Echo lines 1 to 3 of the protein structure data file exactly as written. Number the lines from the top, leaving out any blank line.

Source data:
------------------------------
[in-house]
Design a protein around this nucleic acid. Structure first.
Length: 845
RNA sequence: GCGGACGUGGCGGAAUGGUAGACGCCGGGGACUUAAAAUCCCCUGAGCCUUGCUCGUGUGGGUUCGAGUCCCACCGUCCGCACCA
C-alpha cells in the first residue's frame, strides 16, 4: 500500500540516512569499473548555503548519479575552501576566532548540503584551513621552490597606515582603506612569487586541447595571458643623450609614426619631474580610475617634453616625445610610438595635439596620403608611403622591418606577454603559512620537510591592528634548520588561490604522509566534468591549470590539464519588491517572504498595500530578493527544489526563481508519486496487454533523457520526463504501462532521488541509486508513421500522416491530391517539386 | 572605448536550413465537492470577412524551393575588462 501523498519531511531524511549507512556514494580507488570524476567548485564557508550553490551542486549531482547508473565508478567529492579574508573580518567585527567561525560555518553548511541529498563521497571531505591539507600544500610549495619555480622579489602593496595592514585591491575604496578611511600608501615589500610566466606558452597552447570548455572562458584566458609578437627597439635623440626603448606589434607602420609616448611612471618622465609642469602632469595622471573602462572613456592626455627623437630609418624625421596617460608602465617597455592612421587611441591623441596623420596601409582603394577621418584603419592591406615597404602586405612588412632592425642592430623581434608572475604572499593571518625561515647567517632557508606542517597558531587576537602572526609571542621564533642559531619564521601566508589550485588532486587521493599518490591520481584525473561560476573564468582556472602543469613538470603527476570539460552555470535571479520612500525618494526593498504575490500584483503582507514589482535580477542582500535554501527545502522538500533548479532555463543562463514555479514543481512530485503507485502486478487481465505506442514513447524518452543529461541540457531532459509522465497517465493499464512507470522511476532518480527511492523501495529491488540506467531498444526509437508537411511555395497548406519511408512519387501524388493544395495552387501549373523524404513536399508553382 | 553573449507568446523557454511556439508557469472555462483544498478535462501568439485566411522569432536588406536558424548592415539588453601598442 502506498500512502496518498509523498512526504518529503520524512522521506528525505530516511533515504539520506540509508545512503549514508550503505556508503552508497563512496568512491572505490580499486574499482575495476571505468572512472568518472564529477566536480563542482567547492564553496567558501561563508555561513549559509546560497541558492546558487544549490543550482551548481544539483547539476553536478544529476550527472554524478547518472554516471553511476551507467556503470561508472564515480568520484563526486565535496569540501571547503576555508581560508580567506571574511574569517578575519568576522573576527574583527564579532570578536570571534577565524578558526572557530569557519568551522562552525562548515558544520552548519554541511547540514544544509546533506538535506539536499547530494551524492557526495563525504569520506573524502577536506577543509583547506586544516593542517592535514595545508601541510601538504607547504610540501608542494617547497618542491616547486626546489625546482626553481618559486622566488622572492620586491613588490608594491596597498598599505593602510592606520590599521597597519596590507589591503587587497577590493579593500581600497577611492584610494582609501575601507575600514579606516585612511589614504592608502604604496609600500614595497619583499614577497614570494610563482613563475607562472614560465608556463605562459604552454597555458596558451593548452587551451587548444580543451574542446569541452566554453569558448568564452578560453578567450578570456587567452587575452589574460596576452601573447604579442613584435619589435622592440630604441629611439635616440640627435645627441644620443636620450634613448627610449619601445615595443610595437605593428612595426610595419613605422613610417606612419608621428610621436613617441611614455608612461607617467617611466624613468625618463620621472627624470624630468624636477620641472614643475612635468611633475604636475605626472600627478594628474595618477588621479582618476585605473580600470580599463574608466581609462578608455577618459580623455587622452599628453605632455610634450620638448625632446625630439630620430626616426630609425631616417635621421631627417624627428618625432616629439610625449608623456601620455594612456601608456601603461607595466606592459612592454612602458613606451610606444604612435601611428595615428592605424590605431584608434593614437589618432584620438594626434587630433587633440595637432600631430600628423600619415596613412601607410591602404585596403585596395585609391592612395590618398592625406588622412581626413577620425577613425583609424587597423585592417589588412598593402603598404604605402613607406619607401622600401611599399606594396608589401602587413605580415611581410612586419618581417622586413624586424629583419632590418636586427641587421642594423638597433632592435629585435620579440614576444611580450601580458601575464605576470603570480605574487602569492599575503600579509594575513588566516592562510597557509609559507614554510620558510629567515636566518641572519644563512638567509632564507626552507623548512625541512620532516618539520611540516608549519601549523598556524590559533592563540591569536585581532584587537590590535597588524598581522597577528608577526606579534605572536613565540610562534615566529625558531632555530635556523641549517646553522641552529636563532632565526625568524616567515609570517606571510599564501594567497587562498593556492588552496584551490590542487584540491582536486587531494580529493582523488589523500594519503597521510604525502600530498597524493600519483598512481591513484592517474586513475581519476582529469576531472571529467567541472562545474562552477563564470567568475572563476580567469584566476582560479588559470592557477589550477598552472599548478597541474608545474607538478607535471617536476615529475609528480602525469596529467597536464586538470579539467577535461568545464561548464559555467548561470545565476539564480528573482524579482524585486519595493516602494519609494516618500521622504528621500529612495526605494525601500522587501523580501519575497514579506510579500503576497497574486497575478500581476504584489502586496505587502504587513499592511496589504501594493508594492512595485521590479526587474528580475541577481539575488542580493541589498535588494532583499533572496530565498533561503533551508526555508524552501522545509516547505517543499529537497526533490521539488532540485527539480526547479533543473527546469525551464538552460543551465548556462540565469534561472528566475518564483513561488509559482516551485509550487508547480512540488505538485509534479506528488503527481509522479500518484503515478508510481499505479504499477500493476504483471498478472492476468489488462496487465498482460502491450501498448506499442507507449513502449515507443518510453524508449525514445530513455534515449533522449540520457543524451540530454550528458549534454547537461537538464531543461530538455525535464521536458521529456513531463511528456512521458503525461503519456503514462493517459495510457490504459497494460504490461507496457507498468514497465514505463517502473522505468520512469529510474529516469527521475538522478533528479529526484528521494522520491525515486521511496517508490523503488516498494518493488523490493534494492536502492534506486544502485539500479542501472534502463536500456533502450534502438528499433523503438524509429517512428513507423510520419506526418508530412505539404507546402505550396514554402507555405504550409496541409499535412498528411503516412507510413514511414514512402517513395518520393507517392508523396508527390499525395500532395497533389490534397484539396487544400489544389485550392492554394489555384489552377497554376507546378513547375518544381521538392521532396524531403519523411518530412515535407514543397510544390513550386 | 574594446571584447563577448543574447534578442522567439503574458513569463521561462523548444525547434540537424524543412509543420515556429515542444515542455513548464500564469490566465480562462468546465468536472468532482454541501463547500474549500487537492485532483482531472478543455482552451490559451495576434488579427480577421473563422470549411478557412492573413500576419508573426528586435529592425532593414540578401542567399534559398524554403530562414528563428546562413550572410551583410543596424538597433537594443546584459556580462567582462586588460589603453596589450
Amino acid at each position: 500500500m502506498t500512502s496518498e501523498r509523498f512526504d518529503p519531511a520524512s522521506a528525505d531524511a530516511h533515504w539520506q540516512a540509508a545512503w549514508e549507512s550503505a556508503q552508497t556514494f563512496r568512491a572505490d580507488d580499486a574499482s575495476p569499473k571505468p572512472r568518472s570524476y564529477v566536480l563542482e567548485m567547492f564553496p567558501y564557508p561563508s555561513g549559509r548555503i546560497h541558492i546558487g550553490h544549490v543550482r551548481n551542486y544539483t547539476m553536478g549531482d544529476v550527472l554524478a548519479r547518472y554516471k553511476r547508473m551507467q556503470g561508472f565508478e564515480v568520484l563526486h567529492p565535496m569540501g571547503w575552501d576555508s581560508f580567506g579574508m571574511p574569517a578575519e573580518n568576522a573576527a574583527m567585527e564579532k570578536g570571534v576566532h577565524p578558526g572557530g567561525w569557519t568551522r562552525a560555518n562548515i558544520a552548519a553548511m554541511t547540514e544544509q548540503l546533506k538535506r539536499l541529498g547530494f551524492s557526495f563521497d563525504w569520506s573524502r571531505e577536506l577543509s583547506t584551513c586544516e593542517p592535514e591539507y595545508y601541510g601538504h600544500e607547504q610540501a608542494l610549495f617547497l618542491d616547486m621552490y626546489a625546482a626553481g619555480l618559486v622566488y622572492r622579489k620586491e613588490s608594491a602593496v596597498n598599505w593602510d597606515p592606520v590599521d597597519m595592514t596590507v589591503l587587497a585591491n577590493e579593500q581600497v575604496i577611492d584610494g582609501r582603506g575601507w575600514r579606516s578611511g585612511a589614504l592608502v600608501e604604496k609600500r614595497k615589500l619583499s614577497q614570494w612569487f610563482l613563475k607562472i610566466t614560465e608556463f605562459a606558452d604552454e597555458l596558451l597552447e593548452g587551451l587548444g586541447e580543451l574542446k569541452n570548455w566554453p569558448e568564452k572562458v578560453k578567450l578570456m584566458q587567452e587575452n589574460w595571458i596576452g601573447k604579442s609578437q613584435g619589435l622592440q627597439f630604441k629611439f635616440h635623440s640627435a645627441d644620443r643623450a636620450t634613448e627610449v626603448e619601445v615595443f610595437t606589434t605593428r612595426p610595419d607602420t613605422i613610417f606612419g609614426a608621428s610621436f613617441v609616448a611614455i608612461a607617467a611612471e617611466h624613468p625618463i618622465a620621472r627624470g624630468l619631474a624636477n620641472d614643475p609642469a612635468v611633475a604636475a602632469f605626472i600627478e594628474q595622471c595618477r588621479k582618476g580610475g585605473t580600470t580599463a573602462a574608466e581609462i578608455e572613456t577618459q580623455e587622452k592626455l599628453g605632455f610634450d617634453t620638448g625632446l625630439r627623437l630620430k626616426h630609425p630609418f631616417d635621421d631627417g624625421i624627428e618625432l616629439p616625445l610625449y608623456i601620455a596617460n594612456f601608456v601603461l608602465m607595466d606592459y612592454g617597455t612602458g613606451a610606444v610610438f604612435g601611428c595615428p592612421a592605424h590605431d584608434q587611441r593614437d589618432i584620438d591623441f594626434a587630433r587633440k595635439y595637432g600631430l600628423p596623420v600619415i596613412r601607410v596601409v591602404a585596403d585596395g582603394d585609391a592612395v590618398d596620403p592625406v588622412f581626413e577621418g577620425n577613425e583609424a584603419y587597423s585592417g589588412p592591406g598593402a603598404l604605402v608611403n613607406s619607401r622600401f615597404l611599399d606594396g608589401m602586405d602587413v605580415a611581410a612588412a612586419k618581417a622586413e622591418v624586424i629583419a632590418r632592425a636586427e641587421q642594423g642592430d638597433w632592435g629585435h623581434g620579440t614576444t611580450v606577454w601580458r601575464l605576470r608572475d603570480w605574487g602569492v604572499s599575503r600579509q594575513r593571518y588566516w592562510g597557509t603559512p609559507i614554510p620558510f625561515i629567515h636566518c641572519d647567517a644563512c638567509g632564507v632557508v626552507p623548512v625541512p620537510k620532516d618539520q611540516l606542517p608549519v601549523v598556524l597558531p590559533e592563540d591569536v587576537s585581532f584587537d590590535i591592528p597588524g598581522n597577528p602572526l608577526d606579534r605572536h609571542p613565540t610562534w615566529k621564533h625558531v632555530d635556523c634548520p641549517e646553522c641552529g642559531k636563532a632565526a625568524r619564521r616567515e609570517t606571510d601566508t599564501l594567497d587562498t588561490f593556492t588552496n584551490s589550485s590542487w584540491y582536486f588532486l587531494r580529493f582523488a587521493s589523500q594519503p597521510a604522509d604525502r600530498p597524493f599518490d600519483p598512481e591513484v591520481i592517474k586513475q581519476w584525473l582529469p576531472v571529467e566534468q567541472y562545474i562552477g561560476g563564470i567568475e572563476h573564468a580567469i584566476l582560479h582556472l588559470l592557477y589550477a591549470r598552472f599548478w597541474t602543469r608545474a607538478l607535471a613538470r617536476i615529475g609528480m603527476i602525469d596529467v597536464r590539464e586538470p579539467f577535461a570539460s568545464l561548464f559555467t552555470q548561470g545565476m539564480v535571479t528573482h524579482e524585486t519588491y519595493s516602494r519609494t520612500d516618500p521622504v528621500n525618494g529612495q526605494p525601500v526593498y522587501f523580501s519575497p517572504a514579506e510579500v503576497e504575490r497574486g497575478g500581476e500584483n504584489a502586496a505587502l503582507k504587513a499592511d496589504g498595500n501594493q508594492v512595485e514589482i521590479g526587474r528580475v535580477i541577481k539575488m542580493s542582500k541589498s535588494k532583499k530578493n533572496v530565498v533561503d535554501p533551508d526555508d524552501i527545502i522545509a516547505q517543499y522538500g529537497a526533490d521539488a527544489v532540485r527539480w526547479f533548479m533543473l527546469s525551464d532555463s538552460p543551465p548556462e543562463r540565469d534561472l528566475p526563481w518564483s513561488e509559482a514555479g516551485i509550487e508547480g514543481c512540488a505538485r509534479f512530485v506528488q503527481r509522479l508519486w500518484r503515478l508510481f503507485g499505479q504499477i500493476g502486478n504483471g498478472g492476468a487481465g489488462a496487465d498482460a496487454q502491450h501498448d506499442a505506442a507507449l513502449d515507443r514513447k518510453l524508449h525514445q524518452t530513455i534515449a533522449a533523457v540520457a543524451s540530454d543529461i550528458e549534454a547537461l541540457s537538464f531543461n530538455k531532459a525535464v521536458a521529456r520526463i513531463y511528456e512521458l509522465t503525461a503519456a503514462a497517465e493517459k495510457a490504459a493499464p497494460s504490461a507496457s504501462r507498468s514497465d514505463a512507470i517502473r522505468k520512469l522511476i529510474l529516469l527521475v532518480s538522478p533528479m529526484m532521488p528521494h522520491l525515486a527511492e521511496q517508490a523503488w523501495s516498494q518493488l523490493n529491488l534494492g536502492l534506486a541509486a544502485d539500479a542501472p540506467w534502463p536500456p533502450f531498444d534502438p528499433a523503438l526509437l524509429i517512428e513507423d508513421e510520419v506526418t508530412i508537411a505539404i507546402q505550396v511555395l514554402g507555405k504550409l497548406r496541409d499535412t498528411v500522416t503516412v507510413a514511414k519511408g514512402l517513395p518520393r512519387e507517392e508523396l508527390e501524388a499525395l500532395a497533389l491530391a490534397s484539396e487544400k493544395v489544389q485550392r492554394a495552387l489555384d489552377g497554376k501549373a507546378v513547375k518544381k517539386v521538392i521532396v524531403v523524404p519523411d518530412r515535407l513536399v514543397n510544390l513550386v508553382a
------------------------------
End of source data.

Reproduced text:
[in-house]
Design a protein around this nucleic acid. Structure first.
Length: 845